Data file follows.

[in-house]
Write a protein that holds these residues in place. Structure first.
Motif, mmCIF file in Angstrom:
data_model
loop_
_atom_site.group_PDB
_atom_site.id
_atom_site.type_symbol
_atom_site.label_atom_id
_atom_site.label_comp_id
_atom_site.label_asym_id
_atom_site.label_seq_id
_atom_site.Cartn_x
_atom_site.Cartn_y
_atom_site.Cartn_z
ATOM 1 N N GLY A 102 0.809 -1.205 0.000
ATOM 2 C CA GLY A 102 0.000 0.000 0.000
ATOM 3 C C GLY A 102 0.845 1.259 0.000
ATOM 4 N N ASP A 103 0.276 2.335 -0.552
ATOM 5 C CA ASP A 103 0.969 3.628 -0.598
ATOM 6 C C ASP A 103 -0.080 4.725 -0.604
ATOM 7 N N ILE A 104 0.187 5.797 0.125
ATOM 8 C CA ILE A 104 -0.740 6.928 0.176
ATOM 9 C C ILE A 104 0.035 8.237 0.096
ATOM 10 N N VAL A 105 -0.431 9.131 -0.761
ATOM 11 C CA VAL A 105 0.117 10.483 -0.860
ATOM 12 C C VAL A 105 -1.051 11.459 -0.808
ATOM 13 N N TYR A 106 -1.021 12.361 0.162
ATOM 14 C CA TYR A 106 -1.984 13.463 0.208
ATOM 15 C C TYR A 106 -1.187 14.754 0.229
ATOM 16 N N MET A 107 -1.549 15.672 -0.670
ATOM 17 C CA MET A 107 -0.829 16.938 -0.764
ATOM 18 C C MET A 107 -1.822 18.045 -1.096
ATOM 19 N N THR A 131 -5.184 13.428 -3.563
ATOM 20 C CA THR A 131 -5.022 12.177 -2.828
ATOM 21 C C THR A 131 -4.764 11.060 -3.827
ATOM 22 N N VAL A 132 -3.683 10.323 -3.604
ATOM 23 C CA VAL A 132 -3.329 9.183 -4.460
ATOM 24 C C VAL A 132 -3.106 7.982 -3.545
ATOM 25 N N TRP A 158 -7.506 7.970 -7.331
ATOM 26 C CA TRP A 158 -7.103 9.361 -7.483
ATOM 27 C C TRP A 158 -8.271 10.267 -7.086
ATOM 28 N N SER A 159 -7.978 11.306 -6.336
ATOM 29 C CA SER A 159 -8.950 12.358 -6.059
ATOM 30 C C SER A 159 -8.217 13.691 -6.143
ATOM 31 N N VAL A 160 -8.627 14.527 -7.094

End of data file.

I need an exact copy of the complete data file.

[in-house]
Write a protein that holds these residues in place. Structure first.
Motif, mmCIF file in Angstrom:
data_model
loop_
_atom_site.group_PDB
_atom_site.id
_atom_site.type_symbol
_atom_site.label_atom_id
_atom_site.label_comp_id
_atom_site.label_asym_id
_atom_site.label_seq_id
_atom_site.Cartn_x
_atom_site.Cartn_y
_atom_site.Cartn_z
ATOM 1 N N GLY A 102 0.809 -1.205 0.000
ATOM 2 C CA GLY A 102 0.000 0.000 0.000
ATOM 3 C C GLY A 102 0.845 1.259 0.000
ATOM 4 N N ASP A 103 0.276 2.335 -0.552
ATOM 5 C CA ASP A 103 0.969 3.628 -0.598
ATOM 6 C C ASP A 103 -0.080 4.725 -0.604
ATOM 7 N N ILE A 104 0.187 5.797 0.125
ATOM 8 C CA ILE A 104 -0.740 6.928 0.176
ATOM 9 C C ILE A 104 0.035 8.237 0.096
ATOM 10 N N VAL A 105 -0.431 9.131 -0.761
ATOM 11 C CA VAL A 105 0.117 10.483 -0.860
ATOM 12 C C VAL A 105 -1.051 11.459 -0.808
ATOM 13 N N TYR A 106 -1.021 12.361 0.162
ATOM 14 C CA TYR A 106 -1.984 13.463 0.208
ATOM 15 C C TYR A 106 -1.187 14.754 0.229
ATOM 16 N N MET A 107 -1.549 15.672 -0.670
ATOM 17 C CA MET A 107 -0.829 16.938 -0.764
ATOM 18 C C MET A 107 -1.822 18.045 -1.096
ATOM 19 N N THR A 131 -5.184 13.428 -3.563
ATOM 20 C CA THR A 131 -5.022 12.177 -2.828
ATOM 21 C C THR A 131 -4.764 11.060 -3.827
ATOM 22 N N VAL A 132 -3.683 10.323 -3.604
ATOM 23 C CA VAL A 132 -3.329 9.183 -4.460
ATOM 24 C C VAL A 132 -3.106 7.982 -3.545
ATOM 25 N N TRP A 158 -7.506 7.970 -7.331
ATOM 26 C CA TRP A 158 -7.103 9.361 -7.483
ATOM 27 C C TRP A 158 -8.271 10.267 -7.086
ATOM 28 N N SER A 159 -7.978 11.306 -6.336
ATOM 29 C CA SER A 159 -8.950 12.358 -6.059
ATOM 30 C C SER A 159 -8.217 13.691 -6.143
ATOM 31 N N VAL A 160 -8.627 14.527 -7.094